Monday, February 14, 2011


Paul Krugman on the GOP budget released Friday:

... The new House majority promised to deliver $100 billion in spending cuts -- and its members face the prospect of Tea Party primary challenges if they fail to deliver big cuts. Yet the public opposes cuts in programs it likes -- and it likes almost everything. What’s a politician to do?

The answer, once you think about it, is obvious: sacrifice the future. Focus the cuts on programs whose benefits aren't immediate; basically, eat America's seed corn....

If you didn't understand that logic, you might be puzzled by many items in the House G.O.P. proposal. Why cut a billion dollars from a highly successful program that provides supplemental nutrition to pregnant mothers, infants, and young children? Why cut $648 million from nuclear nonproliferation activities? (One terrorist nuke, assembled from stray ex-Soviet fissile material, can ruin your whole day.) Why cut $578 million from the I.R.S. enforcement budget? (Letting tax cheats run wild doesn't exactly serve the cause of deficit reduction.)...

Well, yeah, that's true -- Republicans want to avoid causing their constituents obvious pain right now. But the key point about this list is that it's based on what's essentially a greatest-hits collection of right-wing resentments, going back even before Reagan and Limbaugh. Attack the IRS? The IRS used to be one of the top Antichrists of the right, and it's still pretty high on the charts. Food aid to the poor? Come on, it's been gospel on the right for decades that government is evil because it takes money from hardworking suburban and rural white people and gives it to impoverished urban nonwhites. (I'm just summarizing the thinking; it doesn't matter what percentage of white people actually receive these benefits, because angry right-wing whites think the percentage is zero -- and that includes whites who actually receive the benefits themselves.)

Nuclear proliferation? Republicans know that's been a great interest of Barack Obama since his days in the Senate -- obviously, whatever he favors, or any previous Democratic president favored, they're against it. An article about the GOP budget in Krugman's paper last week makes that abundantly clear:

Among 60 programs in line for elimination were the Corporation for Public Broadcasting, AmeriCorps and a $298 million Clinton-era program for hiring local police officers. Other planned cutbacks included nearly $900 million in energy conservation and efficiency programs; $1.8 billion from the Environmental Protection Agency; and $75 million from legal-aid programs. In a swipe at the administration, the bill would eliminate $5 billion in high-speed rail money.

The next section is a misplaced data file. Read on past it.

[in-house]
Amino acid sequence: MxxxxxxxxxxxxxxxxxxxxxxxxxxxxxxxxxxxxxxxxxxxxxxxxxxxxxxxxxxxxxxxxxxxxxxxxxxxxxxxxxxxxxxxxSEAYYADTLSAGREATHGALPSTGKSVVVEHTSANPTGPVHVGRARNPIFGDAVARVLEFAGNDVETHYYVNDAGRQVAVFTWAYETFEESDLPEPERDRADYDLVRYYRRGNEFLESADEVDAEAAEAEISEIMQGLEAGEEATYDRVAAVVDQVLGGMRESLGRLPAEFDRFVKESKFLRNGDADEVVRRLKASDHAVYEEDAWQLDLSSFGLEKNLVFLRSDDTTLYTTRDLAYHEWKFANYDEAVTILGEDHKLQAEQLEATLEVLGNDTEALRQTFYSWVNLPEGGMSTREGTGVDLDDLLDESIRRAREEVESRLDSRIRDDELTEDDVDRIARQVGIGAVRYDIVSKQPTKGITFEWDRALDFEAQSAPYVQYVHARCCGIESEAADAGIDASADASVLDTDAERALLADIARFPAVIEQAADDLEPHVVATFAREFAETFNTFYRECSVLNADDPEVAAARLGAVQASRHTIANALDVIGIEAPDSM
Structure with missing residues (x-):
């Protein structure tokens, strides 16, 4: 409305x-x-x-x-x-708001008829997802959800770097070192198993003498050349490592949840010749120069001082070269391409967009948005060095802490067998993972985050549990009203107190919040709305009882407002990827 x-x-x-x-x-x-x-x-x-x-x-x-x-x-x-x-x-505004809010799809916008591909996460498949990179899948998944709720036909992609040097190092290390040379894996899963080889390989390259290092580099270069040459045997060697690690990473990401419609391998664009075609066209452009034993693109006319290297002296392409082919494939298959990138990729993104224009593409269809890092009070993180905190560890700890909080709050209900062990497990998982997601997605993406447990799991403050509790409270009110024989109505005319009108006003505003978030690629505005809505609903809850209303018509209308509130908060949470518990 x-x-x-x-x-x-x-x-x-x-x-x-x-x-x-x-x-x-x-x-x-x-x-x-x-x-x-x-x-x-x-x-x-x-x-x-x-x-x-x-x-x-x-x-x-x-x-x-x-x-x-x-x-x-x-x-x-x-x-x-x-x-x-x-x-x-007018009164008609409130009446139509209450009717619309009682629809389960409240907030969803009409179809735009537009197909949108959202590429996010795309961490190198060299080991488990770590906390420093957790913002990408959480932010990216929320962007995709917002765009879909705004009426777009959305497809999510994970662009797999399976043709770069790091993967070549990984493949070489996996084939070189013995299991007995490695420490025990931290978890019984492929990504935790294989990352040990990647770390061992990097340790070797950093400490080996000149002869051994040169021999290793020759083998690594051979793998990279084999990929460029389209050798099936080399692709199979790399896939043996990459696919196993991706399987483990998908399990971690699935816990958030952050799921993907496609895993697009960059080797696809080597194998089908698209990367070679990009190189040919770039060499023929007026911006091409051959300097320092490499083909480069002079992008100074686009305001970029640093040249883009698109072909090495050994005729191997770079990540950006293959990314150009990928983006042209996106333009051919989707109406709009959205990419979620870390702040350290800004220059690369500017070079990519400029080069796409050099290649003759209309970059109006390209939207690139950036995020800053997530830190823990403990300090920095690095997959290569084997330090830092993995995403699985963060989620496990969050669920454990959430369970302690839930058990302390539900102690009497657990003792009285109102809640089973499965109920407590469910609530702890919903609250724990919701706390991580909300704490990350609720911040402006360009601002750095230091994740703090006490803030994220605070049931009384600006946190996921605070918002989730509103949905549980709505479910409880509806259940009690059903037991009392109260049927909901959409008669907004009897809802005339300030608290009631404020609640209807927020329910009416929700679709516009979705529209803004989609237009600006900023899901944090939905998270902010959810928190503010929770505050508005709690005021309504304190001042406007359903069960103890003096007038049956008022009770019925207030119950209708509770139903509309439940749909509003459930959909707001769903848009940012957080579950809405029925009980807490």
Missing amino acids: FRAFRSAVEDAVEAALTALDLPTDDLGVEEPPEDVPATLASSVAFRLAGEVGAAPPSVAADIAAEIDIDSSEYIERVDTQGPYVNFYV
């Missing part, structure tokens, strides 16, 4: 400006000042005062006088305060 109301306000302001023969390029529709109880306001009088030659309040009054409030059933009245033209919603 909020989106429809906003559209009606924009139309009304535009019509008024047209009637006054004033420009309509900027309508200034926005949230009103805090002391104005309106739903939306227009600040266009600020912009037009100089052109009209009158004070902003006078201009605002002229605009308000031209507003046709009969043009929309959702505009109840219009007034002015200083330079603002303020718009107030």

AmeriCorps and money for cops? Signature projects of the hated Clinton. High-speed rail? Famously linked to Obama. Energy conservation, legal aid, EPA? Liberal, liberal, liberal. (Yeah, the EPA was founded under Nixon -- but still, he did it under pressure from all those damn hippies. Right? Right?)


By contrast, this is how President Obama goes about constructing a budget:

... In a move that is sure to anger Democrats from cold-weather states, the administration will propose cutting $2.5 billion from a program that helps low-income people pay their energy bills during periods of extreme weather.

... The budget will propose eliminating Pell grants for summer school, and making interest on federal loans for graduate students build up during school....

The budget will propose slashing a quarter of the government's funding for the Great Lakes Restoration Initiative -- a move that will save $125 million....

Republicans pick cuts that will please their base. Obama looks at his base and says, "Screw it -- in 2012, who are they going to vote for? Republicans?" Polls say New England is solidly blue, so he thinks he can risk shafting New England and other cold-weather areas on heating assistance. Polls say young people still support him, so he can cut Pell grants. Many of the states that get grants under the Great Lakes initiative -- Illinois, New York, Michigan -- are states he probably thinks are in the bag in 2012. So that can get cut, too.

Republicans provide constituent service. Democrats provide the exact opposite.


By the way, I notice this in the budget:

The Obama budget again holds to the idea that we should extend the Bush tax cuts on all incomes up to $250,000, while letting the tax cuts over that expire.

That, of course, is after the temporary agreement that was reached in the lame-duck session expires. But, hell, if we're talking right now about budgeting for the long term, why not stress that idea of eliminating the tax cuts on the rich two years from now? I know it's not politically feasible. I know it can't pass a GOP House. But that kind of talk is what would happen if Democrats approached the budget the way Republicans do.

If that were the case, Democrats would make a great show of trying to raise taxes on the rich right now, even if the increases didn't take effect for two years. They'd do this to make the point that it's fiscally responsible -- and they'd do it to please their base. But Democrats just don't do politics the way Republicans do.

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